Sermon Options: Easter 2018

March 1st, 2018

Easter is Here!

Isaiah 25:6-9

From the earliest times men and women have looked beyond their present sorrows to a hoped-for future. Death and despair just did not seem right as the final word. The prophet Isaiah looked at such a time. He painted a picture of a future in which a banquet would be spread by the Lord. All who sorrowed would be invited. What a spread it would be!

We Christians gather today, Easter Sunday, and remember that death and despair are not the last words. Good Friday and silent Saturday seemed to be the end. But as Tony Campolo puts its: “It was Friday. The cynics were lookin at the world and sayin’, ‘as things have been so they shall be. You can’t change anything in this world, you can’t change anything. But those cynics didn’t know that it was only Friday. Sunday’s comin’!”

I. Easter Is the Sign That Life Is Greater Than Death

Isaiah spoke of a banquet for all of those who love God. The past, present, and future all come together in that moment. Life, through Christ, is more enduring than death. The “shroud” will be destroyed. He will “swallow up death.”

On Easter Sunday, Christ broke out of the seeming permanence of death. That breakthrough was a sign of what lies in store for any who will come to Christ as a follower. It was also a sign of the ability of God to break through every form of barrier, hindrance, and grave that stands in his way. This happens in our lives when we accept him. It happens when God gets “under the skin” of even the most outward pagan.

When George Bush was vice president of the United States, one of his official duties was to represent our country at the funeral of Soviet leader Leonid Brezhnev. The entire funeral procession was marked by its military precision. There was a coldness and hollowness that enveloped it. Since the Soviet Union was officially atheistic, no comforting prayers or spiritual hymns were sung. Only the marching soldiers, steel helmets, and Marxist rhetoric were offered. There was no mention of God. Mr. Bush was close to the casket when Mrs. Brezhnev came for her last good-bye. Bush said, “She walked up, took one last look at her husband and there—in the cold, gray center of that totalitarian state—she traced the design of the cross on her husband’s chest. I was stunned. In that simple act, God had broken through the core of the communist system” (Christianity Today, October 16, 1986, p. 37).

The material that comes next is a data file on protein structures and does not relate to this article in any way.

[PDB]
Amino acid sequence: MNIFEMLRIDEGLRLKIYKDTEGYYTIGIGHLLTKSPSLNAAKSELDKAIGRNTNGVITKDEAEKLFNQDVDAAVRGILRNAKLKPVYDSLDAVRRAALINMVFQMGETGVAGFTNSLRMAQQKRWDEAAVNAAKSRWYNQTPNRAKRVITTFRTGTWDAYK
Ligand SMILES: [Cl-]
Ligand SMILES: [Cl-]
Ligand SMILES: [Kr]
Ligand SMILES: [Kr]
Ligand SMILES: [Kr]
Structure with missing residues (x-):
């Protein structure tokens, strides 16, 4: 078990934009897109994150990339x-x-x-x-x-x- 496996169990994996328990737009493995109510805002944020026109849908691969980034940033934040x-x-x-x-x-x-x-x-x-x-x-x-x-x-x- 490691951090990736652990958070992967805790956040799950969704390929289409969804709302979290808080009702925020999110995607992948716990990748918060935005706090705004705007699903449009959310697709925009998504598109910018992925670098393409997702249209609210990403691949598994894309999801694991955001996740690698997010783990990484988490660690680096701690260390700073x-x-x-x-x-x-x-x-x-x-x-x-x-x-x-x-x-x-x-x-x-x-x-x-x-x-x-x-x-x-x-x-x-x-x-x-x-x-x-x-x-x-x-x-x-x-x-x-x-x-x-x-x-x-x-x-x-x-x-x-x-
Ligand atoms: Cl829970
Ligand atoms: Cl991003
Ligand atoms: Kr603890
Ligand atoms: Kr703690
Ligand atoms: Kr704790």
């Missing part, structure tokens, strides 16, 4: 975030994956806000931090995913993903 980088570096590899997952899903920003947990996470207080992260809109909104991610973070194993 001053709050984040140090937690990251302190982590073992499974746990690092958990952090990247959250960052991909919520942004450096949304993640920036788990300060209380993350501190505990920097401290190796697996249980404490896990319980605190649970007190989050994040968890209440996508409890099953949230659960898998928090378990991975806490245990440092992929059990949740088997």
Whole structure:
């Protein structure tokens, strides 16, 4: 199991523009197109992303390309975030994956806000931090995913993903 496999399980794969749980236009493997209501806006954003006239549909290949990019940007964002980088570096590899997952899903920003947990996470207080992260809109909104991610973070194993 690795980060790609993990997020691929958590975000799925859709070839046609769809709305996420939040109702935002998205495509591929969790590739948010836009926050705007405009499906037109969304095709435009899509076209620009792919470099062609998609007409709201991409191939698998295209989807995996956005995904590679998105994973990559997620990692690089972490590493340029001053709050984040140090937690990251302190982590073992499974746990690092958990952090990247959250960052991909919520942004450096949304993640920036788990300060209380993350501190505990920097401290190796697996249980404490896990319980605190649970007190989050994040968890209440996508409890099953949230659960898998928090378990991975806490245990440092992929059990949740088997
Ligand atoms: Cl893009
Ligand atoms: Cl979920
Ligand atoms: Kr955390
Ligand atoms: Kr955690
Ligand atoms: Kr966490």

II. Easter Is the Sign That God Was Willing to Sacrifice on Our Behalf

Isaiah rejoiced in the fact that we could “trust in him” and he “saved us.” We are his because he gave his Son to save us from our sins. That called for incredible sacrifice.

Humans can hardly imagine that sort of sacrifice. We get it confused. For example, in 1977 a man named Jean Bedel Bokassa, a former French paratrooper, proclaimed himself emperor of the Central African Republic. This new nation was founded in 1960 and had a population of two million people. It is listed among the twenty-five poorest nations. The average annual income was $155 when Bokassa took over, yet he held a $30 million inaugural gala! He had a six-foot diamond-encrusted scepter and a two-ton gold-plated throne. His 2,000 guests were served hundreds of pounds of caviar and 24,000 bottles of champagne, all flown in by chartered plane from France. Despite the poverty of “his people” and the extravagance of his coronation, Bokassa was quoted as saying, “One cannot create a great history without sacrifices.” True enough, but who made the sacrifice?

III. Easter Is a Day of Celebrating the Triumph of Christ

“Let us be glad and rejoice in his salvation.” That is Isaiah’s conclusion. And why not? The light has come to scatter the darkness. We need no longer live in fear and dread.

Robert Louis Stevenson looked out of his window one evening many years ago. Those were the days before electric lights. Stevenson saw the town lamplighter coming along. As this lamplighter lit the street lamps in succession, Stevenson was impressed at the sight. He wrote about the lamplighter who went along “punching holes in the darkness.” Jesus Christ came into this world as a light, and he punched holes in the darkness.

That is reason for celebrating. Easter is here! (Don M. Aycock)

The Problem with Easter

1 Corinthians 15:1-11

Paul writes to a troubled church at Corinth. He has already dealt with questions of marriage, morality, Christians taking each other to court, factions within the church, misuse of the Lord’s Supper, and now he addresses the most devastating question the troublemakers in that congregation can possibly raise: the reality of the Resurrection. This is the bedrock of his gospel, for we are the Easter people; Jesus is the firstfruits of the Easter harvest from the dead, and we are the rest of that glorious harvest.

The gospel, the good news, is this: Christ died for our sins, was buried and rose on the third day. Such a gospel may seem too good to be true, and so Paul marshals not only his own experience but also that of other Christians in Christ before him to deal with the unbelievable nature of Easter.

I. Paul Didn’t Make It Up

Paul reminds them he didn’t make this gospel up. First, he stressed that “This is what I received.” He says the same thing when he is discussing the misuse of the Lord’s Supper. Paul doesn’t claim he was the first or only one to receive the revelation of the gospel; there were those in Christ before him. Paul was merely the first to put the Resurrection on paper; he had heard it often, passed down in the preaching of men like Peter, reaffirmed in the teaching ministry of the church, and marvelled upon around the table in humble homes of those “of the Way.” Second, Paul says the amazing facts of the gospel—the death and resurrection of Jesus—are “in accordance with the scriptures” (vv. 3, 4).